It was summer, peak of the season, when there are no rains and hot and dry winds blow. Then it peaks with a sudden clap of thunder and a high wind carrying sand and dust. This is called ‘kaali aandhee’ because dust in the atmosphere makes it so dark that one cannot see any thing. After an hour or so the wind lets up and rain takes it place. A terrifying storm lashes out for another hour or two. This is what happened one evening. Mother checked all the locks on all the doors. Stairs going up to the second floor also had a door at the end of the stairs and it could be locked from either sides. All doors checked, she came in, locked the door and we, all six of us, sat down on our mother’s bed to ride out the storm. I don’t know about mother but all of us were scared.
Suddenly we heard a door burst open. Mother pushed us aside and sat up, very still, very quiet and alert, trying to listen to any unfamiliar sound. Nothing. Then there was a slow, rustling sound. Mother went to the door and stood there, listening. Again nothing. She came back looked at our terrified faces and said “I have to check what or who it is” and with a resolute confidence opened the door and looked out. There were some dried up leaves outside the door. She went up the stairs, closed the door again, picked up the leaves that the storm had brought from somewhere and came in and locked the door again. She climbed back on bed and picked up the youngest one in her lap. “Was it a Djinn, mother?” number three asked. “I don’t know and I didn’t see any.” “Do you think djinns are hiding in these dry leaves?” “these dry leaves? ” she said “no, how can they hide in these tiny leaves?” She paused again. ” I am a djinn, if there is any. Now go to sleep. I have to get up early,” and closed her eyes. It was not raining hard anymore and her saying that she was a Djinn if there was any, put back confidence in my eleven year old heart. My four little sisters and brother also relaxed and fell asleep.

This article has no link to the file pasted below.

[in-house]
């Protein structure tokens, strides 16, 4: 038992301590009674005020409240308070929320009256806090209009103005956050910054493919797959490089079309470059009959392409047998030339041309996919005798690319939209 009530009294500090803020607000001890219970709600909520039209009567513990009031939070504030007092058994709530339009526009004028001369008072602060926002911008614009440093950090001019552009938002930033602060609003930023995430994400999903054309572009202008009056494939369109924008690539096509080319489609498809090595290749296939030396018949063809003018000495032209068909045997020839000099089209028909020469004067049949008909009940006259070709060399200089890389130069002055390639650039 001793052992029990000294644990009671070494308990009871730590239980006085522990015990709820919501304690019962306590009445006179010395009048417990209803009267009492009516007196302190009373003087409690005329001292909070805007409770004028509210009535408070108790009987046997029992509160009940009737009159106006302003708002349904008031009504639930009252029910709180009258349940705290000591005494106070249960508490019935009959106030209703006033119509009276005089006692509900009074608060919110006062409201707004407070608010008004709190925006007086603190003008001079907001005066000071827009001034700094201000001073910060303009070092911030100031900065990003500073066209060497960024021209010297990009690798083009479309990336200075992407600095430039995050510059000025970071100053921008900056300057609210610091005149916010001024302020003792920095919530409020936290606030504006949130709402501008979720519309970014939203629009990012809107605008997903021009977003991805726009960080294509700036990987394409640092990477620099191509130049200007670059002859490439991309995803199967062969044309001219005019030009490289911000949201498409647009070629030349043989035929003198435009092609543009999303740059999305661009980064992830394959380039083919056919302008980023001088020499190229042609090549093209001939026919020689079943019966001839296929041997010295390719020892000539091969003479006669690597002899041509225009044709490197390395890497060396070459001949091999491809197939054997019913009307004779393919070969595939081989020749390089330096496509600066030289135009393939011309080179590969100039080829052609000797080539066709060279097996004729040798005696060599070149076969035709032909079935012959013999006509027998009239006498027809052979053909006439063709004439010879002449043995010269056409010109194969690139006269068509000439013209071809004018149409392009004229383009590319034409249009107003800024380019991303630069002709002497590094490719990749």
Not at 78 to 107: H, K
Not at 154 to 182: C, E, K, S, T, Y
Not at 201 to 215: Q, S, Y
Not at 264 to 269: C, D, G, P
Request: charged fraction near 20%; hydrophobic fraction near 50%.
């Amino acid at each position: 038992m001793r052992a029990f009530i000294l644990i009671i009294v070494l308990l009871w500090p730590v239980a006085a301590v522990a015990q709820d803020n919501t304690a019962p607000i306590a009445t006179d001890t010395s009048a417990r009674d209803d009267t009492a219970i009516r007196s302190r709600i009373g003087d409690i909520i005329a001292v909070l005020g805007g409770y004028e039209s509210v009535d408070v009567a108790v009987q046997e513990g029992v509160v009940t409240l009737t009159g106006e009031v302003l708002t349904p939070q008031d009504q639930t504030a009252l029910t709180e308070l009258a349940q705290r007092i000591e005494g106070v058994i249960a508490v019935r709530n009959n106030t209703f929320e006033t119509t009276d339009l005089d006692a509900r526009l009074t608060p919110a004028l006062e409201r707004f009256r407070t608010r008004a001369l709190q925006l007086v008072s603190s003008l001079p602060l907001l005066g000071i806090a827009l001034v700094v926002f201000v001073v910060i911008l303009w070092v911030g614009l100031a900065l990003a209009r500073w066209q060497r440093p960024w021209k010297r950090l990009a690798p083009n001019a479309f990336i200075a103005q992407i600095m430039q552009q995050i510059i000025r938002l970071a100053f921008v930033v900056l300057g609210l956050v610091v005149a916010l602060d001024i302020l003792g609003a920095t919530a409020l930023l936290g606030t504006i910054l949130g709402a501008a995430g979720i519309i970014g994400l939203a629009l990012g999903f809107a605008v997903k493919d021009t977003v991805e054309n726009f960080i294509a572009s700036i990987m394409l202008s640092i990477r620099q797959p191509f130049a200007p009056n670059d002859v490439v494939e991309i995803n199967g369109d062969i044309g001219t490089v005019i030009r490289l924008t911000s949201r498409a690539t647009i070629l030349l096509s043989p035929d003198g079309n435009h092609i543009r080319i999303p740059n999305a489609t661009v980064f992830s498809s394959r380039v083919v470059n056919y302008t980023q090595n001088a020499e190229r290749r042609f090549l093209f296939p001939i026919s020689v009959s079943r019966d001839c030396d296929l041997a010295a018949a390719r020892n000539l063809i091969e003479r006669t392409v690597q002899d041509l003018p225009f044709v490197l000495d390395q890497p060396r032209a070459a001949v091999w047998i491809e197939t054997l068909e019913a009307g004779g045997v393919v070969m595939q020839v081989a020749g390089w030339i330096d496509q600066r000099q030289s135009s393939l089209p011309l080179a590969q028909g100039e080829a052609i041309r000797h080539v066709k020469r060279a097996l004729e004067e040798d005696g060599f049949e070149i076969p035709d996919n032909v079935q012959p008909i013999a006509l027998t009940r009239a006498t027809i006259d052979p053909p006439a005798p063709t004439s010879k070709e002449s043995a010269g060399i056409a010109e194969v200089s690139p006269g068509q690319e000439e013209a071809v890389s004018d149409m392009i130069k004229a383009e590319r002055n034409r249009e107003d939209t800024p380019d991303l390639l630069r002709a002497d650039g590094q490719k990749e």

That said, I come back to my main story about my relative.
I don’t know who she was but she was a regular at my mami jan’s house. She loved hukka and mami jan made sure that there was enough tobacco in the house and of the finest quality. Everyone knew that a djinn was in love with her. sometimes she would go under his spell and her whole personality would change. Eyebrows arched, eyes closed, face red, teeth bared a high pitched voice and an unnatural laugh that would send a shiver down your spine. That lady had high cheekbones and dimples on both sides of her face. Every body said that she was beautiful when she was young , and I am sure she was.
They said that one day after taking a bath, she went up on the roof to dry her hair in the sun. A djinn was also in the vicinity, enjoying a winter sun. Lo and behold, one look at a beautiful girl with raven black hair framing her dimpled face and he forgot to flap his wings and with a ‘thonk ‘ he dropped out of the blue sky right in front of the girl. When she saw a handsome man suddenly appear out of nowhere, she fled down the stairs, screaming and crying, stumbled and fell down the stairs. She fainted. She was not the same person after that. Poor girl could not get married once the story went around. No mother was willing to risk the life of her son at the hands of a djinn.
I only remember seeing her when she was probably in her sixties. Every one in the family knew how this lady’s Djinn had predicted the future of my nani ma and her two sons – my maternal uncles – chhote mamun and barre mamun.